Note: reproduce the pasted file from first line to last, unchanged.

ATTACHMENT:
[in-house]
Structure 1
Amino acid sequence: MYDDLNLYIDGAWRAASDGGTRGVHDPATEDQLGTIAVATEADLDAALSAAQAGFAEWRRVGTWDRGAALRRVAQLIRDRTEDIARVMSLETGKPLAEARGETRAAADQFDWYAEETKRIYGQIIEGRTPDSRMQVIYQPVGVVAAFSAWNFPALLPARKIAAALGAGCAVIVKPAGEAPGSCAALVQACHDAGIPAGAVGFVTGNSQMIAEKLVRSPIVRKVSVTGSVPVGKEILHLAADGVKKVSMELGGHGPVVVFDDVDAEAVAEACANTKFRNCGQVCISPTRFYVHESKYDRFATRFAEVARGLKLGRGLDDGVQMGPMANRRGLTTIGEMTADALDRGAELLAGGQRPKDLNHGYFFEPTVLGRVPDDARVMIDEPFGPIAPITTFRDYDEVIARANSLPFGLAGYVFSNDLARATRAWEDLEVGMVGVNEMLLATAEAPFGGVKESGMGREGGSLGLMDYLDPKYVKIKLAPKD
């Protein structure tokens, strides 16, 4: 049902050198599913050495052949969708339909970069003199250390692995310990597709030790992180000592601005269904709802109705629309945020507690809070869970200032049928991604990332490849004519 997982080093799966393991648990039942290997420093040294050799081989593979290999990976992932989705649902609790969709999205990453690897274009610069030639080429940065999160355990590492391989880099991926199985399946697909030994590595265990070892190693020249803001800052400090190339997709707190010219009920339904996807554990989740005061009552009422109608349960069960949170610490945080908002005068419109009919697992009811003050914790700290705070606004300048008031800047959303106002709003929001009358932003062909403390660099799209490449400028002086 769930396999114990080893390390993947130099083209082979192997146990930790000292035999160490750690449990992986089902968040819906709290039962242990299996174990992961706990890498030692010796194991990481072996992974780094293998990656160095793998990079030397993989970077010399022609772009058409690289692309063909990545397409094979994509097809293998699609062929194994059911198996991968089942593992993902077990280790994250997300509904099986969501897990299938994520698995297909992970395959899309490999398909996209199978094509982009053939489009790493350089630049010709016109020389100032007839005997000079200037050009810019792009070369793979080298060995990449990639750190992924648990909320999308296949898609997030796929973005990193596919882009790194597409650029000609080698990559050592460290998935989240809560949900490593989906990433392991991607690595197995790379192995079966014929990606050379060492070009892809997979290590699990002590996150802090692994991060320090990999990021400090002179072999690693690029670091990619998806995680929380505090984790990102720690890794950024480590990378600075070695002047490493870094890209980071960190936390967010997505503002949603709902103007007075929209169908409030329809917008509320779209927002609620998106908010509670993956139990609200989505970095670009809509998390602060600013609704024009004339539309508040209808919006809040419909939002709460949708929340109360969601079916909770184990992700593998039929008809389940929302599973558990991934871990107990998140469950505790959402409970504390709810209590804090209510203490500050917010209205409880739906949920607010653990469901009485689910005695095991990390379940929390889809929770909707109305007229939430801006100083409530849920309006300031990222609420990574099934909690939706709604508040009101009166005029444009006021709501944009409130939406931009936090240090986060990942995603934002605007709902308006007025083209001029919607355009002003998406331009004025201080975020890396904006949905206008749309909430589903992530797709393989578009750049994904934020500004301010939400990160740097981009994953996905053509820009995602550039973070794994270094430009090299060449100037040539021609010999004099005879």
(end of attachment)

[in-house]
Structure 1
Amino acid sequence: MYDDLNLYIDGAWRAASDGGTRGVHDPATEDQLGTIAVATEADLDAALSAAQAGFAEWRRVGTWDRGAALRRVAQLIRDRTEDIARVMSLETGKPLAEARGETRAAADQFDWYAEETKRIYGQIIEGRTPDSRMQVIYQPVGVVAAFSAWNFPALLPARKIAAALGAGCAVIVKPAGEAPGSCAALVQACHDAGIPAGAVGFVTGNSQMIAEKLVRSPIVRKVSVTGSVPVGKEILHLAADGVKKVSMELGGHGPVVVFDDVDAEAVAEACANTKFRNCGQVCISPTRFYVHESKYDRFATRFAEVARGLKLGRGLDDGVQMGPMANRRGLTTIGEMTADALDRGAELLAGGQRPKDLNHGYFFEPTVLGRVPDDARVMIDEPFGPIAPITTFRDYDEVIARANSLPFGLAGYVFSNDLARATRAWEDLEVGMVGVNEMLLATAEAPFGGVKESGMGREGGSLGLMDYLDPKYVKIKLAPKD
């Protein structure tokens, strides 16, 4: 049902050198599913050495052949969708339909970069003199250390692995310990597709030790992180000592601005269904709802109705629309945020507690809070869970200032049928991604990332490849004519 997982080093799966393991648990039942290997420093040294050799081989593979290999990976992932989705649902609790969709999205990453690897274009610069030639080429940065999160355990590492391989880099991926199985399946697909030994590595265990070892190693020249803001800052400090190339997709707190010219009920339904996807554990989740005061009552009422109608349960069960949170610490945080908002005068419109009919697992009811003050914790700290705070606004300048008031800047959303106002709003929001009358932003062909403390660099799209490449400028002086 769930396999114990080893390390993947130099083209082979192997146990930790000292035999160490750690449990992986089902968040819906709290039962242990299996174990992961706990890498030692010796194991990481072996992974780094293998990656160095793998990079030397993989970077010399022609772009058409690289692309063909990545397409094979994509097809293998699609062929194994059911198996991968089942593992993902077990280790994250997300509904099986969501897990299938994520698995297909992970395959899309490999398909996209199978094509982009053939489009790493350089630049010709016109020389100032007839005997000079200037050009810019792009070369793979080298060995990449990639750190992924648990909320999308296949898609997030796929973005990193596919882009790194597409650029000609080698990559050592460290998935989240809560949900490593989906990433392991991607690595197995790379192995079966014929990606050379060492070009892809997979290590699990002590996150802090692994991060320090990999990021400090002179072999690693690029670091990619998806995680929380505090984790990102720690890794950024480590990378600075070695002047490493870094890209980071960190936390967010997505503002949603709902103007007075929209169908409030329809917008509320779209927002609620998106908010509670993956139990609200989505970095670009809509998390602060600013609704024009004339539309508040209808919006809040419909939002709460949708929340109360969601079916909770184990992700593998039929008809389940929302599973558990991934871990107990998140469950505790959402409970504390709810209590804090209510203490500050917010209205409880739906949920607010653990469901009485689910005695095991990390379940929390889809929770909707109305007229939430801006100083409530849920309006300031990222609420990574099934909690939706709604508040009101009166005029444009006021709501944009409130939406931009936090240090986060990942995603934002605007709902308006007025083209001029919607355009002003998406331009004025201080975020890396904006949905206008749309909430589903992530797709393989578009750049994904934020500004301010939400990160740097981009994953996905053509820009995602550039973070794994270094430009090299060449100037040539021609010999004099005879």